St. Columba provides affordable housing


St. Columba Episcopal Church raised the money to purchase and rehab the 16-unit complex in Marathon. SARA MATTHIS/Keys Weekly

Most of Marathon knows these as the “pink apartments” located on the west end of Marathon. For years, the buildings sat empty and in a severe state of disrepair. For the past two years, St. Columba Episcopal Church has invested considerable funds to purchase the complex and rehabilitate it into affordable housing for Marathon’s citizens. At the beginning of July, the tenants started to move in.

“They’re state workers, city employees, postal carriers, servers and bookkeepers,” said St. Columba’s Rev. Canon Debra Maconaughey. “Some are single parents or couples just starting out or still recovering from Hurricane Irma.”

It was Hurricane Irma that moved the church to action. Serving on the front lines after the storm that swept the Keys in 2017, church officials struggled to find emergency housing for those affected. Then it stretched all its resources to host teams of volunteers from around the country to make what repairs it could in the Keys. But, Maconaughey said, it wasn’t enough.

And so, the miracle of the “five loaves and two fish” was reconfigured to fit modern-day Marathon. The church bought the condemned 16-unit apartment complex. It’s a fearless approach to a daunting problem: private, charitable ownership of affordable housing available to the public.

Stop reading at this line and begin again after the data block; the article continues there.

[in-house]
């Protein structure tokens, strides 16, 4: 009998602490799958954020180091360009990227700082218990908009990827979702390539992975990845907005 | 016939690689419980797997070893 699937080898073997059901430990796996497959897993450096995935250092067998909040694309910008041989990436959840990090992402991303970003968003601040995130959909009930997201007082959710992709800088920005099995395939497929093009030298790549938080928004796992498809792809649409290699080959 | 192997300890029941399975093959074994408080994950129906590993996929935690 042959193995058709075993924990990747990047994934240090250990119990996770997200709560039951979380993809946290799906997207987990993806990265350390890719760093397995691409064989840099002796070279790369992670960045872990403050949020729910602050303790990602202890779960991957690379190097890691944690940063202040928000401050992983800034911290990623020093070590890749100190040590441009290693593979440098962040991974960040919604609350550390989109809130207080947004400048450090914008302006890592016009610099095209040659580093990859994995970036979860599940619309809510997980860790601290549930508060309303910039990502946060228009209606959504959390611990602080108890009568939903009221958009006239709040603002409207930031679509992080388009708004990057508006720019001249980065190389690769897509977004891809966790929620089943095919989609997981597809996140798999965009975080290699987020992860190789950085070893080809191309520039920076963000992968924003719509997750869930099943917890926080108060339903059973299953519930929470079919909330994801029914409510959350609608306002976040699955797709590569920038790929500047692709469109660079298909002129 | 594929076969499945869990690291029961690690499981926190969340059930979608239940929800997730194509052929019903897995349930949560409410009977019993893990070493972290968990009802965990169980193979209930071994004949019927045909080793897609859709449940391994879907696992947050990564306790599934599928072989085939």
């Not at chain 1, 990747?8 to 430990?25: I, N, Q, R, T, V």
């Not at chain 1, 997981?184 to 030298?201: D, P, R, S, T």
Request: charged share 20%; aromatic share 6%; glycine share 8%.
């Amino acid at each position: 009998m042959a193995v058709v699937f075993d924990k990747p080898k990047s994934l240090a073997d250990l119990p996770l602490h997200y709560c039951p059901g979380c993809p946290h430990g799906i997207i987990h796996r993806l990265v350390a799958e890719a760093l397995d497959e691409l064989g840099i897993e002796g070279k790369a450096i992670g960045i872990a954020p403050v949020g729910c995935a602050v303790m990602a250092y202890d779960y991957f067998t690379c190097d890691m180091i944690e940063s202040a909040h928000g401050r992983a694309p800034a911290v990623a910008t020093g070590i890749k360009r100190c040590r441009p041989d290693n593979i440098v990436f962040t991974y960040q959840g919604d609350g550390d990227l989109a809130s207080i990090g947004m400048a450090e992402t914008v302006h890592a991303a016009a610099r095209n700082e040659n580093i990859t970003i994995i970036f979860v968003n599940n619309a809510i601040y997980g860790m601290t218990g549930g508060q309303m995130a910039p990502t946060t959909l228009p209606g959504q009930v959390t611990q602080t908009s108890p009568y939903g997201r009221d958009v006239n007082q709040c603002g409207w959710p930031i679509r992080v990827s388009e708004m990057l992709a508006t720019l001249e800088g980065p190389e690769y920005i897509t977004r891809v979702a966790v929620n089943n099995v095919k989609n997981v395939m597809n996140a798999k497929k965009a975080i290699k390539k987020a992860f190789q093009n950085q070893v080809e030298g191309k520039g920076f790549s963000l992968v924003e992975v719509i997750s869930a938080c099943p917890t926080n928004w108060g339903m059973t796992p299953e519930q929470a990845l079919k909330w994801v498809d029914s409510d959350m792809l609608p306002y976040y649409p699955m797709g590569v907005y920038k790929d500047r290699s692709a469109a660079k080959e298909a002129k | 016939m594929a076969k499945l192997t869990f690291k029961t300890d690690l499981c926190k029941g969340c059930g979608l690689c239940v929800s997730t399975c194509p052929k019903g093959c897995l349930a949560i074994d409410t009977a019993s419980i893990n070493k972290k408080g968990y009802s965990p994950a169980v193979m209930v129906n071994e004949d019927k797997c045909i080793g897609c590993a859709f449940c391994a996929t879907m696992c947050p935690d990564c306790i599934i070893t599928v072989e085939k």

The 16 apartments — completely gutted and rebuilt — are prioritized for people who were impacted by Hurricane Irma.

“We have one tenant that has been couch surfing for two years,” Maconaughey said. “One apartment has been rented to a pregnant young woman, another has a 15-year old child. Marty Curry and her old, small lap dog have a spot to call their own, too.

“We’re settling in comfortably,” Curry said, smiling. “The place is terrific.”

The one-bedroom apartments feature original terrazzo floors, plenty of windows, a separate bedroom, bathroom, tankless water heaters, and a walk-in closet cooled by mini-split ACs. There’s a kitchenette, and balcony. Most of all, there’s rent relief. Tenants must earn a certain income to apply but pay less than $1,000 to rent. 

The whole project would have been impossible without the support of Episcopal Relief and Development, The American Red Cross and Bridge to Hope. In addition, many businesses and agencies pitched in with their best prices and labor donations. “There are too many angles to list here, but we are so thankful for their contributions,” Macounaughey said.

Mostly though, it was built on the faith of Macounaughey and the congregation. Back in November 2018, when she was explaining the project to the Keys Weekly, she said, “When I get worried about the details of this project, I just tell myself, ‘You have to have faith, Debra.”

To that we would add, “and conviction and persistence.”

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Sara Matthis thinks community journalism is important, but not serious; likes weird and wonderful children (she has two); and occasionally tortures herself with sprint-distance triathlons, but only if she has a good chance of beating her sister.